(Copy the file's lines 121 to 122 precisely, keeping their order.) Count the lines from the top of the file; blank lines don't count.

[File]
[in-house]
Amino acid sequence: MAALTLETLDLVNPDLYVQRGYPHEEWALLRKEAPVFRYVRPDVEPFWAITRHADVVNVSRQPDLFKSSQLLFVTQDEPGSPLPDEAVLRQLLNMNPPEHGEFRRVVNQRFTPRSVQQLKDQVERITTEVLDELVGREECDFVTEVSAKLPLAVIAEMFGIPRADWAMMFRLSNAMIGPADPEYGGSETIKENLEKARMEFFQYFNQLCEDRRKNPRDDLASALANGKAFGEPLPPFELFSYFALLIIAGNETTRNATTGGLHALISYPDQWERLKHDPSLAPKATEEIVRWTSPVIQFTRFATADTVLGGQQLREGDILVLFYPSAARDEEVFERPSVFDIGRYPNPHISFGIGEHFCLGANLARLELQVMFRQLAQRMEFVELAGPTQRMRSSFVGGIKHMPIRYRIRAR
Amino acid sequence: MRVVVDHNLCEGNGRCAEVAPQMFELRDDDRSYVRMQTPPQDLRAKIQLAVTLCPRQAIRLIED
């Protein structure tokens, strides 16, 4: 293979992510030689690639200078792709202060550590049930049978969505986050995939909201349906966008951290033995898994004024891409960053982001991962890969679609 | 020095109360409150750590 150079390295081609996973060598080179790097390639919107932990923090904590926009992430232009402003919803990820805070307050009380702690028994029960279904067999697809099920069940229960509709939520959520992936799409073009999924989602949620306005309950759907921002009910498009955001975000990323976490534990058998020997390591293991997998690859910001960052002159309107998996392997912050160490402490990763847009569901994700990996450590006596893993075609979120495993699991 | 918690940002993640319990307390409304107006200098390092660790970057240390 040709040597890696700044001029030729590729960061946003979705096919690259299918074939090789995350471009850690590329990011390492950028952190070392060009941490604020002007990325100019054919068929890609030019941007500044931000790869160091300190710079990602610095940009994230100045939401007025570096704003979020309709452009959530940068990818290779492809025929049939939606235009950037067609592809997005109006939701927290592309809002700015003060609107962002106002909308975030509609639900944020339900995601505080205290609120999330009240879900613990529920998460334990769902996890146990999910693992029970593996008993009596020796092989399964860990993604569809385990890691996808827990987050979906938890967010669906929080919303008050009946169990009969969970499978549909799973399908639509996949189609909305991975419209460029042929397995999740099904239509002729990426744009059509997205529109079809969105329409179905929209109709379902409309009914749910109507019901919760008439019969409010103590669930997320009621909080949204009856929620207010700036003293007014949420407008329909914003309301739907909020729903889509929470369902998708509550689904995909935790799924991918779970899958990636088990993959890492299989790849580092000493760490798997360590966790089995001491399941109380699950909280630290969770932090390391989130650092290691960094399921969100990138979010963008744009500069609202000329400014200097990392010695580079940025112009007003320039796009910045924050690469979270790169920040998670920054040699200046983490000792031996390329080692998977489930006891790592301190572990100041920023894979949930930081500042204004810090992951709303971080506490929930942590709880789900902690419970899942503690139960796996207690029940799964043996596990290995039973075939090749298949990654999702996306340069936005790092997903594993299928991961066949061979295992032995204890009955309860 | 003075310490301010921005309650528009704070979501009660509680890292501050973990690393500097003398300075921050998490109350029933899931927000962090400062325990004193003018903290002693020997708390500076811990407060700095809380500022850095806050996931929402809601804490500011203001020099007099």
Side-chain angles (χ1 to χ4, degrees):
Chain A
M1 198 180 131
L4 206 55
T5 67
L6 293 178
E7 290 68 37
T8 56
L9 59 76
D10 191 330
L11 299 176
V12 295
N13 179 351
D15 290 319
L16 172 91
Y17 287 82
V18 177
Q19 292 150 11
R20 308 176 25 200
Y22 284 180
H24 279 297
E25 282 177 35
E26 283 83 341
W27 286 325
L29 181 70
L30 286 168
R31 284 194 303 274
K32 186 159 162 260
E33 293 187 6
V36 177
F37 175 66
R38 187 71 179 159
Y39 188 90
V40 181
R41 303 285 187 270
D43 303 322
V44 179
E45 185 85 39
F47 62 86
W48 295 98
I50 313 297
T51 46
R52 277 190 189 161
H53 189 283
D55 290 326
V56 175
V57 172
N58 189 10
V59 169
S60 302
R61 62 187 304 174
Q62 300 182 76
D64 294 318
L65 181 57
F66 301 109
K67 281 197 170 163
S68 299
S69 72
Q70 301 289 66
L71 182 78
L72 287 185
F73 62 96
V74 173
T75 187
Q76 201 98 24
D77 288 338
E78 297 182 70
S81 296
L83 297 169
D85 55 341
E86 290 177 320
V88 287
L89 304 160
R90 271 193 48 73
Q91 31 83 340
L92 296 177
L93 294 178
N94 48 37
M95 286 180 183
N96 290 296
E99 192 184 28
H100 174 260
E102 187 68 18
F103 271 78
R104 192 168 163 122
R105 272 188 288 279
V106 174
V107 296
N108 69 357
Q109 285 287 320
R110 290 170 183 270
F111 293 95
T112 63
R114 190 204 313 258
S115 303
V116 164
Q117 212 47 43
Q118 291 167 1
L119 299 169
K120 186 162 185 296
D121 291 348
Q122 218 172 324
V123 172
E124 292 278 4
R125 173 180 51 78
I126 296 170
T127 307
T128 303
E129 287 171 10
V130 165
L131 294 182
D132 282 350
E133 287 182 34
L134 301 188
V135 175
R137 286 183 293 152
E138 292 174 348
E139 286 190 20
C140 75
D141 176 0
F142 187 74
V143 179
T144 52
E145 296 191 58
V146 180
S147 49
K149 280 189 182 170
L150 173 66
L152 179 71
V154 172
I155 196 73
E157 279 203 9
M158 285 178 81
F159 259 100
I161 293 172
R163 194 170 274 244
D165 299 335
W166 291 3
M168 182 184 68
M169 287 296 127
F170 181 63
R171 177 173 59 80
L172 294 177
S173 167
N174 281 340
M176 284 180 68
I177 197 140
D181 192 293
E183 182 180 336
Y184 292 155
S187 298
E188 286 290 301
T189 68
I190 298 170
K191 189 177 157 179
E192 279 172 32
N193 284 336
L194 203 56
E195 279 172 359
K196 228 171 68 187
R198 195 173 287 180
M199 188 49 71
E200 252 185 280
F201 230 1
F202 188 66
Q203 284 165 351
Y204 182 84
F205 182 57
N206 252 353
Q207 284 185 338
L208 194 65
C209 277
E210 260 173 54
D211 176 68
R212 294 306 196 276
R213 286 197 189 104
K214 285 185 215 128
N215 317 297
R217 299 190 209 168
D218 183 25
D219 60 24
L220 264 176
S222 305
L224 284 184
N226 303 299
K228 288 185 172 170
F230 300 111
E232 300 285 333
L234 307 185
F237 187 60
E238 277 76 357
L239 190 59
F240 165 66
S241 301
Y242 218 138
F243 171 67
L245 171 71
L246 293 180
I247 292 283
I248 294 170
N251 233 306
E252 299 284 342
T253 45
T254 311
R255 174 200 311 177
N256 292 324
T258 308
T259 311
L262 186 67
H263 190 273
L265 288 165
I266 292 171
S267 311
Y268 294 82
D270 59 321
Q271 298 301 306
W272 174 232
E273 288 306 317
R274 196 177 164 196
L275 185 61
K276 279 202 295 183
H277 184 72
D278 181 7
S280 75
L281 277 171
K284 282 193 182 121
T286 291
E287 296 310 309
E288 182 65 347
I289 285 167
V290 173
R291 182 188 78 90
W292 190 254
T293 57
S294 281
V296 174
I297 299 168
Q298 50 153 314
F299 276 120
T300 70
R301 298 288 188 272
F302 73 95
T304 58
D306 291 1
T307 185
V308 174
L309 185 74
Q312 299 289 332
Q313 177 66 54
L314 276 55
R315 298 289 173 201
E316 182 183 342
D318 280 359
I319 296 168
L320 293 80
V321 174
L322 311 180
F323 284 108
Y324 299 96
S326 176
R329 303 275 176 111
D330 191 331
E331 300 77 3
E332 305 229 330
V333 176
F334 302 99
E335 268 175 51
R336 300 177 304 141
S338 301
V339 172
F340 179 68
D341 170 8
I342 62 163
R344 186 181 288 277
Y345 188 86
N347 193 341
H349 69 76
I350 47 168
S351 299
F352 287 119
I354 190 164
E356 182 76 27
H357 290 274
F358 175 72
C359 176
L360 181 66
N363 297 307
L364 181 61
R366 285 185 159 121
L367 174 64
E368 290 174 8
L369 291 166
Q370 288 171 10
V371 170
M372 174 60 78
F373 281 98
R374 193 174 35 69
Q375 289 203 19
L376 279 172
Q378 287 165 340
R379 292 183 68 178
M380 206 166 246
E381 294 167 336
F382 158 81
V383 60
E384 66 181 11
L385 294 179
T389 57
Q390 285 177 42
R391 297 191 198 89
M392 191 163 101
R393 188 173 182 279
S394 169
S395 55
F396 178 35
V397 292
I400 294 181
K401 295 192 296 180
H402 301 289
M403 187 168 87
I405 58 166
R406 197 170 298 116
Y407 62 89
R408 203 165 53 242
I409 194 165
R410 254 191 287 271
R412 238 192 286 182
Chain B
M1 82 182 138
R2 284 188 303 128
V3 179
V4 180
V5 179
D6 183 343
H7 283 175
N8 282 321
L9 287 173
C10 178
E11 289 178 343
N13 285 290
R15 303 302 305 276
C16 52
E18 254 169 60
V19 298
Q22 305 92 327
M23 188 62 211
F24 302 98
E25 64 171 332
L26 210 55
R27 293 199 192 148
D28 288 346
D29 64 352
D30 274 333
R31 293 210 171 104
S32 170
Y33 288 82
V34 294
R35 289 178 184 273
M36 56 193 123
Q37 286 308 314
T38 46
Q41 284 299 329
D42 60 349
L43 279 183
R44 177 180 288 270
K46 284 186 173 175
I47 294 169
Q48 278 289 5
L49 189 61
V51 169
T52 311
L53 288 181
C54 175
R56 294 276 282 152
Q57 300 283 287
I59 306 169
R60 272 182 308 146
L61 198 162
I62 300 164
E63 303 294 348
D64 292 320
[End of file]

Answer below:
E138 292 174 348
E139 286 190 20